Climate Change Threatens Vietnam's Rice Production


Global warming is affecting rice farming in Southeast Asia. In the last few years more and more saltwater has entered the rice fields of Vietnam’s Mekong delta. Rice farmers are worried because salt water is bad for rice crops and can destroy them completely. The Mekong Delta is one of the world’s rice bowls with almost 40 000 square kilometres of rice fields.

Most of Vietnam’s rice is produced in the Mekong delta. The Asian country earns over 3 billion dollars from exporting rice to other countries. However, farming experts claim that rising sea levels could flush more and more salt water into the delta, thus reducing the rice harvest by up to 50%.


A large network of canals connect the rice paddies with the Mekong other rivers. Thus, it is easier for salt water to flow inland to the rice fields. Gates and dikes, which were built to stop water from coming in, are repeatedly flooded. On the other side, the climate in the region is becoming drier. Less rainfall means less fresh water in the rice paddies. In some areas that lack fresh water completely, farmers have to use salt water for the rice plants.


However, the threat that Vietnam’s rice farmers are facing is also man-made. In the last century more and more swamps in the region have been turned into farming land. Rice fields now flourish in places that have been regularly flooded by the sea. During the first part of the 20th century the French started building canals to expand rice farming in the region. When the Communists took over after the Vietnam War they were eager to produce as much rice as possible because the country was in need of food after the 30-year-old conflict.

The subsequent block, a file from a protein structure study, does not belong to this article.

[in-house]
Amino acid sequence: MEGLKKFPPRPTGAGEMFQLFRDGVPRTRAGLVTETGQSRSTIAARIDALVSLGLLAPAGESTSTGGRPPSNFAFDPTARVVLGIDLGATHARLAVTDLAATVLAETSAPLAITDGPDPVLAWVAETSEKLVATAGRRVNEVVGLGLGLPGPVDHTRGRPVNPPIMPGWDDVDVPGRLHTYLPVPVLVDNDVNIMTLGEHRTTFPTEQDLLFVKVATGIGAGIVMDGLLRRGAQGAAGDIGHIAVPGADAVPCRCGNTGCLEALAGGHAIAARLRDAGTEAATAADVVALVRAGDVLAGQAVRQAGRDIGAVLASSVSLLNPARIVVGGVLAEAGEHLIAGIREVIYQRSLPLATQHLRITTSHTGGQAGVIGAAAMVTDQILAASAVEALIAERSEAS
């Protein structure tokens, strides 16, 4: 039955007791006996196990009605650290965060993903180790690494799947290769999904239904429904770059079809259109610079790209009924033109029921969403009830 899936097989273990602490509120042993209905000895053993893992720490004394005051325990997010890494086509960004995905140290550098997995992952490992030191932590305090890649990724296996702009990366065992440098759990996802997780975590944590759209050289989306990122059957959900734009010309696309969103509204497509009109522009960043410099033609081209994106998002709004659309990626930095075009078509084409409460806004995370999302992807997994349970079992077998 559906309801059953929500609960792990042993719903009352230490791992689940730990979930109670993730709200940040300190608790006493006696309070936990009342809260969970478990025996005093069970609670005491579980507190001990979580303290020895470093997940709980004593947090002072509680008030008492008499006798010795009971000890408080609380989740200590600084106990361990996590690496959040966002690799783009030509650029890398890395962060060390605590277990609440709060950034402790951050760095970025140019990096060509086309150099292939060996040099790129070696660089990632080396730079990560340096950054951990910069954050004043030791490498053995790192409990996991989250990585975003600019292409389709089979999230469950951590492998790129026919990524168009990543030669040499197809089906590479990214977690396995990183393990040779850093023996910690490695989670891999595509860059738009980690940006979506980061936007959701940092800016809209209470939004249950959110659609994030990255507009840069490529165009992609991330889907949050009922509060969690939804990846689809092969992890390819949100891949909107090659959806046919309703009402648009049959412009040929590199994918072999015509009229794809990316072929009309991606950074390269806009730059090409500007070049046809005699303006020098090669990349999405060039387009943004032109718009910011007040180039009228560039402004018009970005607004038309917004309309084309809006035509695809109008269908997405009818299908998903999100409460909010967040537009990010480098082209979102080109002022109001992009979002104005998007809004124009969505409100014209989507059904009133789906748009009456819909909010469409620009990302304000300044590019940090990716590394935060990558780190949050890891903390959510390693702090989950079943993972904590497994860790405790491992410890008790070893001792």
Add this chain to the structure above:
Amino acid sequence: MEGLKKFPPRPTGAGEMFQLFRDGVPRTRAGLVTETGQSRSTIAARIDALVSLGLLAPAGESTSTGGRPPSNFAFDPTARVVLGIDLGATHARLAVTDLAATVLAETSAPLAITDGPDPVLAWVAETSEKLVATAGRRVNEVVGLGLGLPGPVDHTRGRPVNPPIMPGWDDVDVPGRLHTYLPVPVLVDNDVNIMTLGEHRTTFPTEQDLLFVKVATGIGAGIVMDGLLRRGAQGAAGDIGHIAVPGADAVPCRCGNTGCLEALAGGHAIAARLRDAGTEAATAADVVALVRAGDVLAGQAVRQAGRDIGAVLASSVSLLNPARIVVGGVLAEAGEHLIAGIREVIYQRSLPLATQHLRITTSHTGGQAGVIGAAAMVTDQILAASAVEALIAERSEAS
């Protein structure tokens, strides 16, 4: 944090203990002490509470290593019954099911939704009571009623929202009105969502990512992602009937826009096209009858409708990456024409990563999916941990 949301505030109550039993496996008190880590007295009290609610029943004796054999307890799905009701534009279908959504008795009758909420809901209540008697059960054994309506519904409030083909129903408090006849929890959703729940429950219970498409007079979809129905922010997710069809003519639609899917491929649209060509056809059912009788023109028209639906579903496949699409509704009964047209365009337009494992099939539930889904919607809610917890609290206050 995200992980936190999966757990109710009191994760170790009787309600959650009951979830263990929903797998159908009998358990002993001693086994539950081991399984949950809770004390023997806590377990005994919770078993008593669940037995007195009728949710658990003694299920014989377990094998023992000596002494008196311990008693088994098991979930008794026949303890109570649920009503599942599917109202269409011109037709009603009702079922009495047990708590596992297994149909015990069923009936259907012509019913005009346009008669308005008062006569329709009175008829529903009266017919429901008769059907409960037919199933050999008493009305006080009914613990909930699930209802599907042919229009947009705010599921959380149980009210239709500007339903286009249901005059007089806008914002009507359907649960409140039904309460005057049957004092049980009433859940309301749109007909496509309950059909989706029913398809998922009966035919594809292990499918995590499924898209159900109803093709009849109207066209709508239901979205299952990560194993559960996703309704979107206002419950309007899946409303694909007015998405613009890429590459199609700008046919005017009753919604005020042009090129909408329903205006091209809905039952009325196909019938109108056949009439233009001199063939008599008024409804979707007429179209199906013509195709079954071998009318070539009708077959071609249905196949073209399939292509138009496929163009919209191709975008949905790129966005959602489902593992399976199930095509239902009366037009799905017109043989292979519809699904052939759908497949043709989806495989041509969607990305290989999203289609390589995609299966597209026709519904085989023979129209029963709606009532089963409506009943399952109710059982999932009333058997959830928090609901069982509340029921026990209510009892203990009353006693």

The Vietnamese government is taking measures to combat the problem and help rice farmers. Research is also developing rice plants that are more resistant to salt water. Dikes and dams are being repaired and made higher. In addition, the government is telling farmers to consider a switch to other crops, partly because rice consumption in the country is going down. Recently, some farmers have switched to growing shrimp, which has become a major source of exports. But they lack the money that is needed to start a shrimp farm.

Some farmers are even considering leaving their much loved rice paddies and moving to nearby cities, especially Ho Chi Minh City, formerly Saigon.



Related Topics



  • affect = influence, change
  • century = a hundred years
  • claim = to say that something is true
  • combat = fight against
  • consider = think about something
  • consumption = the amount that is used by people
  • crops = plant, such as wheat, corn or rice that is grown by farmers and used as food
  • delta = area of low land in which a river divides itself into many small rivers that flow into the sea
  • destroy = damage completely
  • develop = invent, make something new
  • dike =wall made to keep water out
  • eager = excited
  • earn = to make money
  • expand = to make larger
  • flourish = to grow very well
  • flush = to make water move to a place
  • government = the people who rule a country
  • harvest = crops that have been gathered from the fields
  • however = but
  • in addition = also
  • in need of = need very badly
  • inland = into the country and away from the sea
  • lack = not enough of
  • major = very important
  • manmade = caused by people
  • measures = action
  • network = system
  • paddy = field where rice is grown
  • reduce = go down, lower
  • repeatedly = over and over again
  • research = study something to find out more  about it
  • resistant = strong; cannot be destroyed by …
  • rice bowl = a large area in which the main farming product is rice
  • rise = to go up
  • sea level = the average height of the sea, used to measure the height of other places, like cities or mountains
  • shrimp = small sea creature that you can eat; it has ten legs and a soft shell
  • source = where you get something from
  • swamp = land that is very wet or covered with water
  • switch = change
  • threat = danger
  • thus = therefore